The Fullerton City Council meets every other Tuesday to discuss and set city policy, hear presentations, listen to the public, and vote on all manner of things. Attending these meetings is perhaps the most direct way for citizens to engage with elected officials. For the past few months I've been attending every Council meeting, taking notes, and then writing a sort of summary of what happened for the Fullerton Observer, one of Southern California's few independent newspapers. The two main issues discussed at the last meeting had to do with equitable access for youth sports teams and the infamous overnight parking ban, particularly its impact on apartment renters. I often say that what happens locally is a microcosm for what happens nationally, and I think this meeting (and the overall tone-deafness of the Council) really hi-lighted some basic social problems. Here are my notes, and be sure to pick up the latest issue of the Observer...
Before every public City Council meeting, there is a Closed Session, in which Council meets with developers, public union representatives, and other parties outside view of the public. At this week’s closed session, Council met with union representatives from the Fullerton Fire and Police Departments regarding salaries, benefits, and working conditions. Council also met with representatives of Pacific Coast Homes, the wholly owned subsidiary of Chevron who will be developing Coyote Hills (see related story “The Un-Saving of Coyote Hills”). In his closed session report, the City Attorney stated that the city had agreed to pay a Leonor Rodriguez $150,000 to settle a lawsuit brought against the city. The content of the lawsuit was not disclosed to the public, although public funds were used to pay the settlement.
Presentations: Water Heroes
Three of the biggest homeowners associations in town were presented with signs proclaiming them “Water Heroes” by Mayor Jennifer Fitzgerald, for their efforts to comply with Governor Jerry Brown’s 2015 mandate that the city reduce its water usage by 28 percent due to the drought. These “Water Heroes” are: Fairway Village Community, Morningside Community, and Parkhurst Community. “That’s probably the only yard sign you’ll allow on Morningside property,” Mayor Fitzgerald joked as she presented one representative with his sign, referring to homeowners’ associations tightly restrictive policies regarding home decoration. Fullerton public works director Don Hoppe gave an update on recent renovations of Laguna Lake, a popular area for walking and fishing. Contractor Titan Maritime has completed its renovation, allowing the City to re-fill the “Lake” to levels it had before the drought.
Retiring Chief Hughes Commended
Three members of the Fullerton Police Chief Advisory Committee commended Chief Dan Hughes, who recently announced his retirement after four years of service as Chief, to take a job as VP of Security and Emergency Services at Disneyland. Tony Package said, “He is not retiring, but going to a fairytale job at Disneyland, protecting Mickey Mouse and others...A worthy cause. Congratulations.” Another member of the Advisory Committee, an employee of local corporation Kimberly Clark, commended Dan’s leadership, particularly with regard to corporate relations. A third member of Chief’s Advisory Committee stated, “He’s a wonderful man…Now people are not afraid to go to the police department.”
|Former Chief Dan Hughes.|
Mayor Fitzgerald Criticized
Resident Susan Levinson criticized Mayor Fitzgerald’s recent comments in support of comedian Andy Dick at the Fullerton Cares Comedy Show for Autism. “As the mother of a son on the autism spectrum, I took great offense to Mr. Dick’s opening joke, in which he used the term ‘retards’ to describe people with autism,” Levinson stated, “It is bullying and should not be tolerated.” After the show, the Mayor was quoted as saying that she “appreciated that he [Dick] came to Fullerton and shared his comedy with our city” as she posed for photos with him. City Council candidate Joshua Ferguson criticized Mayor Fitzgerald for laughing at public commenter David Curley at the last council meeting, when he questioned the City Manager about a consent calendar item. “Is that the situation in Fullerton, where we’re going to mock people who ask questions in this representative system of government,” Ferguson asked, “Is that the lack of respect citizens should expect for asking questions and asking the city to do its due diligence on transparency?” City Council Candidate Joe Imbriano asked voters to replace Mayor Fitzgerald, based on her voting record, her abnormally high campaign contributions, and potential conflicts of interest with her job as a lobbyist for Curt Pringle and Associates.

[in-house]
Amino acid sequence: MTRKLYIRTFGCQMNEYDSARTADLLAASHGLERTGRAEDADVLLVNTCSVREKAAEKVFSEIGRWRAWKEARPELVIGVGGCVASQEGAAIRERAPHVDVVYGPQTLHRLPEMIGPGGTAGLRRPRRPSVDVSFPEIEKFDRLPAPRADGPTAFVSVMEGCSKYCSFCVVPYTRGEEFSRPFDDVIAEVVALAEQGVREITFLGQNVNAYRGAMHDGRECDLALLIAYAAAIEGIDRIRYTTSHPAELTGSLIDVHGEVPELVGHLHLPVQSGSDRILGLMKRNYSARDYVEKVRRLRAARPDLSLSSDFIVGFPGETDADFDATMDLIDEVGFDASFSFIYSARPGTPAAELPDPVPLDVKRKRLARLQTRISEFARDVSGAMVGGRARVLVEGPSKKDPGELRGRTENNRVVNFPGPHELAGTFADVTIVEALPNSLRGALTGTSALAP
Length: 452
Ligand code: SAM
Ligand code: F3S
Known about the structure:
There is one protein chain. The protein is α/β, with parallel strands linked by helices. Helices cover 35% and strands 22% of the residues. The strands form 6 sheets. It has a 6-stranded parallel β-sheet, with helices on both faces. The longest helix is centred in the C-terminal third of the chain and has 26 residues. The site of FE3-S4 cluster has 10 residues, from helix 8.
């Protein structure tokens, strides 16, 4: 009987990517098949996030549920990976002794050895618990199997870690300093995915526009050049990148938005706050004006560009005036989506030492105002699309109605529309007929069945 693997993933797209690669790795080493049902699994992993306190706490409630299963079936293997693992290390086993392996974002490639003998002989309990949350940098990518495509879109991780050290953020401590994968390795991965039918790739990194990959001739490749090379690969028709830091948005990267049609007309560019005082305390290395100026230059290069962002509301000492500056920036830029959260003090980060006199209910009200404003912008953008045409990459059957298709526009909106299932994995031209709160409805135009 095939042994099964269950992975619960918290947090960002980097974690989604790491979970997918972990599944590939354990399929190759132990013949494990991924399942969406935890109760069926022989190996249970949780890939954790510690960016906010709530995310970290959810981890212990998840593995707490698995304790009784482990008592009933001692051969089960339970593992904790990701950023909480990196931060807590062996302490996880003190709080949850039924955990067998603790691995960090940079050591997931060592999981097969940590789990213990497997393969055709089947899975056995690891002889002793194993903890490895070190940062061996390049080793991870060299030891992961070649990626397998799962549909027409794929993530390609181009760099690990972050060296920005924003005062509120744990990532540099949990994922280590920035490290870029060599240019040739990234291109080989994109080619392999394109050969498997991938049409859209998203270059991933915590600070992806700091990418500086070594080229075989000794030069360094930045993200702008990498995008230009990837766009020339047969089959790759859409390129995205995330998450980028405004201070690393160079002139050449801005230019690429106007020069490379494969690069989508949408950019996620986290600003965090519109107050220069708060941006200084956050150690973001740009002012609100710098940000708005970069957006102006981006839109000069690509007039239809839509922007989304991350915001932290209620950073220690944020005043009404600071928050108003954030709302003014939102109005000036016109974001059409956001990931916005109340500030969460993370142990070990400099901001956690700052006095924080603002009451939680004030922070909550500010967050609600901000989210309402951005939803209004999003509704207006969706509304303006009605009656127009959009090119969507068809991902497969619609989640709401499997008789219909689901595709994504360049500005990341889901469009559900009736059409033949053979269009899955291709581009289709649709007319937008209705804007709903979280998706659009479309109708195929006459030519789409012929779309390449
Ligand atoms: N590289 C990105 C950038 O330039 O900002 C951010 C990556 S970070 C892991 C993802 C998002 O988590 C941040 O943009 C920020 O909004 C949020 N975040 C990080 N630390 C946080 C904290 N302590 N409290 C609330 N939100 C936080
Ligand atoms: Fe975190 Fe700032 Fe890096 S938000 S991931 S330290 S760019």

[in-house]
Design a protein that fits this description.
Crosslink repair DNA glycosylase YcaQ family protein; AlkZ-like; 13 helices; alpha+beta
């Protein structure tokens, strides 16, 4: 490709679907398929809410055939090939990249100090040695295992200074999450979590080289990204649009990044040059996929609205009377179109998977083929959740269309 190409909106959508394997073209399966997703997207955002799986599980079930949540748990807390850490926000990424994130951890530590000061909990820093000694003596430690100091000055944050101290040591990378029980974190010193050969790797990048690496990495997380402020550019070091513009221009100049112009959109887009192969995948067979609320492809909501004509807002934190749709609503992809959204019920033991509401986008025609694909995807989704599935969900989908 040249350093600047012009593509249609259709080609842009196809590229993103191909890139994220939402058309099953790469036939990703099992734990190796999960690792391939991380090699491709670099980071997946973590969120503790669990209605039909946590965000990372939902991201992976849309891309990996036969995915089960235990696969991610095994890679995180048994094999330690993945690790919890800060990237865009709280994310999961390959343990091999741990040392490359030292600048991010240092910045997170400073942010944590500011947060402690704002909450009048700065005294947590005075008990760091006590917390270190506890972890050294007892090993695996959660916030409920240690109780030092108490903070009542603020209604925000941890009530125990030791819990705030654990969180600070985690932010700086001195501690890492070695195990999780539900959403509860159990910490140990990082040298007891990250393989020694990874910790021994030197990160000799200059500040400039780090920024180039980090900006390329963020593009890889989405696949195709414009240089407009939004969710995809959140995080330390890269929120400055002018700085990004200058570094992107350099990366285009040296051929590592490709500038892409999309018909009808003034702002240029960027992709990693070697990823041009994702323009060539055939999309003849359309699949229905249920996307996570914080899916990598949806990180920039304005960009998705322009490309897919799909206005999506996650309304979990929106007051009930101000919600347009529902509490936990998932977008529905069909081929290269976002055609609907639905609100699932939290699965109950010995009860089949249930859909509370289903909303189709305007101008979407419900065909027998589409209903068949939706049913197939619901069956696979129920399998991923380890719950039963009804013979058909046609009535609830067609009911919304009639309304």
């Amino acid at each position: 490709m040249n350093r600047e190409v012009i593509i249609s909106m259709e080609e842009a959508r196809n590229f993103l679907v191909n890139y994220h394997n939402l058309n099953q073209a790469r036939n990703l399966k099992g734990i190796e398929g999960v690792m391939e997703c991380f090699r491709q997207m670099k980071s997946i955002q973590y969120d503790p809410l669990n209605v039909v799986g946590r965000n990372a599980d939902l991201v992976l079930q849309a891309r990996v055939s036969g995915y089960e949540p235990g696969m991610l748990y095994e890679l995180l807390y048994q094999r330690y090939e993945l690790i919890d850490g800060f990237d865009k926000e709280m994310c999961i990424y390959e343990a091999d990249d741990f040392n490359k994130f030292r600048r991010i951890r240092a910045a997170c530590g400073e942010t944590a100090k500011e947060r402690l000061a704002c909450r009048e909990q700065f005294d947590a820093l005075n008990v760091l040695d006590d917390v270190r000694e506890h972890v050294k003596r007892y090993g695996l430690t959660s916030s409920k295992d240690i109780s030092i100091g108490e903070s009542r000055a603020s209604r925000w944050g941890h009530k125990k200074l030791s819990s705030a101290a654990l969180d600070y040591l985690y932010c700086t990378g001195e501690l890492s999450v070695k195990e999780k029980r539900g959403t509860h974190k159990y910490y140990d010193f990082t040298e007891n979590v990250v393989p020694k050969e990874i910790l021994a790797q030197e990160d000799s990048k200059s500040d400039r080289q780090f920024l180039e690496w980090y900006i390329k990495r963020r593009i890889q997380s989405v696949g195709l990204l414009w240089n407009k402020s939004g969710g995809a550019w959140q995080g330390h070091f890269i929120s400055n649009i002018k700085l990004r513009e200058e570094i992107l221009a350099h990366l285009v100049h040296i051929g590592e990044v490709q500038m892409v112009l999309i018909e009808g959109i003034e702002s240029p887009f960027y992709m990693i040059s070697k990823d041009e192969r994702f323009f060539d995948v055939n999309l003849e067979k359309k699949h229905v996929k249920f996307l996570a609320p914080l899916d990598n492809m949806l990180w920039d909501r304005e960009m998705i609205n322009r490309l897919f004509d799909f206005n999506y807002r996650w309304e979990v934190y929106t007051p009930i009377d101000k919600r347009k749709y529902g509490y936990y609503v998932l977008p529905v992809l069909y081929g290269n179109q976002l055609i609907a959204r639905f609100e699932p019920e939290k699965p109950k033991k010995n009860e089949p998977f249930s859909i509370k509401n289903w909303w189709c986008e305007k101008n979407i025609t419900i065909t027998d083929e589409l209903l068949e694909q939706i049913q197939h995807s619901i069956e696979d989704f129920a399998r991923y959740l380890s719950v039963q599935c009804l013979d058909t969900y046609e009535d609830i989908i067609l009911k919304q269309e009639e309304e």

|Andy Dick (center), Mayor Fitzgerald (left)|
Local Soccer Teams Left in the Dark
Last Council meeting, dozens of players, parents, and coaches representing the Blue Stars and AC Fullerton of the Orange County Community Youth Soccer League (OCCYSL), spoke to Council about the fact that they are relegated to a sub-standard field at Richman School, and must play in the dark, while other local youth sports teams enjoy preferential treatment, and better fields. As a result, further discussion of this issue was put on the agenda for this meeting. The recommendation of the Parks and Rec Department was to make no change to its Youth Sports policy, and refer this item to the Parks and Rec Commission (aka, to take no definite action). Hugo Curiel and John Clemens from the Parks and Rec department gave presentations on the city’s Youth Sports Policy, concluding that OCCYSL did not meet city requirements to qualify for “Partner” status. “I was not in favor of bringing this before council,” said Mayor Fitzgerald, “because I feel like we have a really good process in place to handle concerns like this.” Council member Whitaker stated, “There is a sense that there is not geographical equity in the way that fields are being allocated in the city.”
|Richman Field in the dark, Richman Park in the light (photo by Joshua Ferguson)|
Three Board Members of the Fullerton Rangers (a local soccer league that enjoys “Partner” status) spoke favorably of the City’s policies. Jorge Sigaran, head coach of Blue Stars, stated that this has nothing to do with the Fullerton Rangers. “We are here about the 400 kids who need a lighted field,” Sigaran said. “We simply want to be treated the same way you treat every other league in the city,” said a parent. Jeanette Vasquez, School Board Candidate, described witnessing young players from these teams having to carry goals and temporary lights from Richman field back to their homes. “This is an issue about equitable policies and equitable access,” she said, and urged Council to look at other cities, like Placentia, who have more inclusive policies.